The first type is when one single carrier provides you with multiple circuits. Redundant circuits can help protect against certain problems. They can mitigate the inconveniences when there is a failure of a physical line or a problem with the port into your router. If that carrier has a wide reaching outage or there is a line broken or damaged outside of your building, both circuits may go down. There is some protection that comes with this but there is risk as well.
In the second type of redundancy, you bring in circuits from two different providers. Advanced routers and IP address allocations can be utilized to make it look to your users and the public that you have a single circuit. Truthfully, they are entirely separate. They are redundant and exist in case one of them fails. This redundancy, referred to as diversity redundancy, offers much greater protection. In the event a carrier goes down, you will not have to worry. You will have a perfectly live carrier there to keep things moving.
When considering redundant circuits and carriers, try to be sure that the carriers you look at in Greeley have different physical geographic routes or pathways. Doing so will maximize redundancy. If at all possible, you want to obtain circuits entering the premises on different sides. The circuits would be established either underground or on telephone poles and would be set up in different directions and lead to different offices. In this way you have redundancy in different physical directions. If there is an event that causes a regional circuit problem, you have an alternative that is unaffected.
Although Internet access comes at a price, the price of unreliable access to The Internet is tremendous. Think about the following situations:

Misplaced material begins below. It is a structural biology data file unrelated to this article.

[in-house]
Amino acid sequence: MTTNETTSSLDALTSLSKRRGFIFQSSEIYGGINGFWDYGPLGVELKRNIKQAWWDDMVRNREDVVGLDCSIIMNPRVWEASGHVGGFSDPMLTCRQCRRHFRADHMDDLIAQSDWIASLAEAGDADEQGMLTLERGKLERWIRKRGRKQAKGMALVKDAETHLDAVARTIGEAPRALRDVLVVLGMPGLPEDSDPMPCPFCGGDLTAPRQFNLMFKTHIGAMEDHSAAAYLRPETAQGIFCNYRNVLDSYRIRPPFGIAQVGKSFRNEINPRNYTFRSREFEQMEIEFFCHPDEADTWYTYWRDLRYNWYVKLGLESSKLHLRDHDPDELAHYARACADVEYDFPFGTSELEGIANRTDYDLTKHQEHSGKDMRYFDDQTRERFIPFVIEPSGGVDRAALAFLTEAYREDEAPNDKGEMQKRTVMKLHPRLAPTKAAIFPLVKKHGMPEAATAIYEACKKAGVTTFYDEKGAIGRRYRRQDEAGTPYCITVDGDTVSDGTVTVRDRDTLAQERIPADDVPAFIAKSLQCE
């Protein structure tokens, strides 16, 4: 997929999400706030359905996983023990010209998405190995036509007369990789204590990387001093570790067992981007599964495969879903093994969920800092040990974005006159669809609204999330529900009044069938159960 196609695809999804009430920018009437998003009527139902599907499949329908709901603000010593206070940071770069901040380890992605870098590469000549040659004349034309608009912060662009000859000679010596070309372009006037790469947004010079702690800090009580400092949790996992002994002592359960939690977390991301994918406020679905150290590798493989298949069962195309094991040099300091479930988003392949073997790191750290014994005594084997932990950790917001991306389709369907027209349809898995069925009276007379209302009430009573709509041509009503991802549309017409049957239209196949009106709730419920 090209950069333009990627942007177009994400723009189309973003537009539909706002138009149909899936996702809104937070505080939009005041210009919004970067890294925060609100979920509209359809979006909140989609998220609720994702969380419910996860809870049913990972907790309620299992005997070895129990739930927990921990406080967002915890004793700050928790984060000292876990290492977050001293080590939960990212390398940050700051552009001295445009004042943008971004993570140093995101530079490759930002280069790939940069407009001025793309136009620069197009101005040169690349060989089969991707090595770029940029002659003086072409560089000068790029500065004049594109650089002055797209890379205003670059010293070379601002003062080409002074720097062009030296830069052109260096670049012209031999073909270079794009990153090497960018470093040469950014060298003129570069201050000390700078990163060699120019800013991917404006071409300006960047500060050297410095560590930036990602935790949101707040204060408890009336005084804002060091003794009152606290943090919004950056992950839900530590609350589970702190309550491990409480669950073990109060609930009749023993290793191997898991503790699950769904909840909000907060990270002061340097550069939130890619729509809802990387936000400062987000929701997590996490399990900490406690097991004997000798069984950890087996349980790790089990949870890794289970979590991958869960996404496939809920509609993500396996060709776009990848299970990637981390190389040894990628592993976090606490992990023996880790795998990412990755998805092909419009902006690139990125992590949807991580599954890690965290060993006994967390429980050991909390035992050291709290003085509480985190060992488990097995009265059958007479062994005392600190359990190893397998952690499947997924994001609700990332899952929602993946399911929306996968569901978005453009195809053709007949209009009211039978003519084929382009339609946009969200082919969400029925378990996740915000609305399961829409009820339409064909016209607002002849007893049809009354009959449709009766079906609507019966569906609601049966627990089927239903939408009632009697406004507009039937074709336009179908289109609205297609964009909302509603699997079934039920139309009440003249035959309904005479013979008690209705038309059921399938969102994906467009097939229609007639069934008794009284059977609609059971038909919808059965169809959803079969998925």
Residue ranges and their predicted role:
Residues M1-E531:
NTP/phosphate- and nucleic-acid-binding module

Your office uses a cable modem and, in addition to you, the carrier provides 10-15 additional tenants with circuits. It is possible that during normal organization hours, those tenants might be downloading large files or watching continuous videos. They might be getting a lot of phone calls. As the amount of available bandwidth diminishes, what happens to your phone calls? What happens to the quality of that phone call? Are calls lost or dropped? Perhaps you will sound choppy or will be inaudible.
Your office is the hub of your company, whether you are a retail organization operating a distributed point of sale (POS) system, an accounting firm sharing databases or a law firm engaged in file sharing. Your primary Internet connection is responsible for granting access to data to all of your sites. This is true whether you have 3 locations or 2000 sites. What happens in the event of a circuit failure? Would you merely be annoyed? Would there be catastrophic consequences? Are your other offices able to do any work? Process or take new orders? Share information? Do you know what your company needs? Be sure to fully understand your requirements. It will help you choose the correct solution. Perhaps you have hundreds of clients or customers that use a hosted solution that your software business is running. Perhaps you operate a service where other systems communicate with yours via an API to calculate freight rates, commodity prices, collect current weather data or receive any other information that you serve up. What happens when there is a problem connecting to your servers? How long will your customers tolerate repeated outages?